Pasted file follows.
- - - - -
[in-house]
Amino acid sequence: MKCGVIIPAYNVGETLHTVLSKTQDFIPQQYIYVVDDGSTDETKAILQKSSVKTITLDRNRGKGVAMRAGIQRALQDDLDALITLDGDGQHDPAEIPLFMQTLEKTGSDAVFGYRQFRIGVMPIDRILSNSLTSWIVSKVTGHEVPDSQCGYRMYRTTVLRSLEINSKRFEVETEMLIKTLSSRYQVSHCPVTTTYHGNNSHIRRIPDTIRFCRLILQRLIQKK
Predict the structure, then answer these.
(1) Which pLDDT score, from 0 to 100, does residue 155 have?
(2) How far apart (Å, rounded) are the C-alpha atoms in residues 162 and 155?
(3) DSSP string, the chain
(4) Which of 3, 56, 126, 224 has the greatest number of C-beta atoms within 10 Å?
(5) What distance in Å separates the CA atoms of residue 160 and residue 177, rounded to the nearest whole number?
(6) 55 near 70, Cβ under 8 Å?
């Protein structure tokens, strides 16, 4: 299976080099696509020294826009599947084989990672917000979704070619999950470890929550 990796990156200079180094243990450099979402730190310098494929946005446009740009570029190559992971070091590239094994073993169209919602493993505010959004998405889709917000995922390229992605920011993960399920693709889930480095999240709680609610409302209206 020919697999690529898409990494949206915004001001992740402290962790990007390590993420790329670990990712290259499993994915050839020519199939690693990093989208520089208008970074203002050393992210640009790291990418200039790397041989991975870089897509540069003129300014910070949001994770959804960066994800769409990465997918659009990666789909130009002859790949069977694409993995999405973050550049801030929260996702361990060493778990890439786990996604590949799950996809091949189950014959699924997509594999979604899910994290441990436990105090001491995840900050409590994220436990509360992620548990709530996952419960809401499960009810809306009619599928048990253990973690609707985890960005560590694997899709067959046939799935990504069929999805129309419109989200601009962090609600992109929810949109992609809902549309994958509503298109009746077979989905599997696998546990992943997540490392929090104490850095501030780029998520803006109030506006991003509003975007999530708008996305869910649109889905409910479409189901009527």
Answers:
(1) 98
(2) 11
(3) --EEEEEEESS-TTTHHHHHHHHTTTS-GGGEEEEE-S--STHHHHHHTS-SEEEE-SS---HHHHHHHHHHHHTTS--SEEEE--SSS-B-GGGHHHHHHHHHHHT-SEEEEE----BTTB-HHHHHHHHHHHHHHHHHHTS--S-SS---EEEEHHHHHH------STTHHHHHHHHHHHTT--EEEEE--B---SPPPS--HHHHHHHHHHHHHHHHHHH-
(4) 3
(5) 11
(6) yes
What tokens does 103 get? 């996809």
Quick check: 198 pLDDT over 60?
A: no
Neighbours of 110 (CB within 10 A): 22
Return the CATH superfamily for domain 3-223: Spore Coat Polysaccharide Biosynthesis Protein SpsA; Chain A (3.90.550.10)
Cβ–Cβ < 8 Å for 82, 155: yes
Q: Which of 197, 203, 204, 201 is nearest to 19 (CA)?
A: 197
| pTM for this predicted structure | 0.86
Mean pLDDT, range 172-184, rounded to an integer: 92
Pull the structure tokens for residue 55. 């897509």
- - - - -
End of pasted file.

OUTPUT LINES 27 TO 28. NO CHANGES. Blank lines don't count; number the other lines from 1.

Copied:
Mean pLDDT, range 172-184, rounded to an integer: 92
Pull the structure tokens for residue 55. 């897509």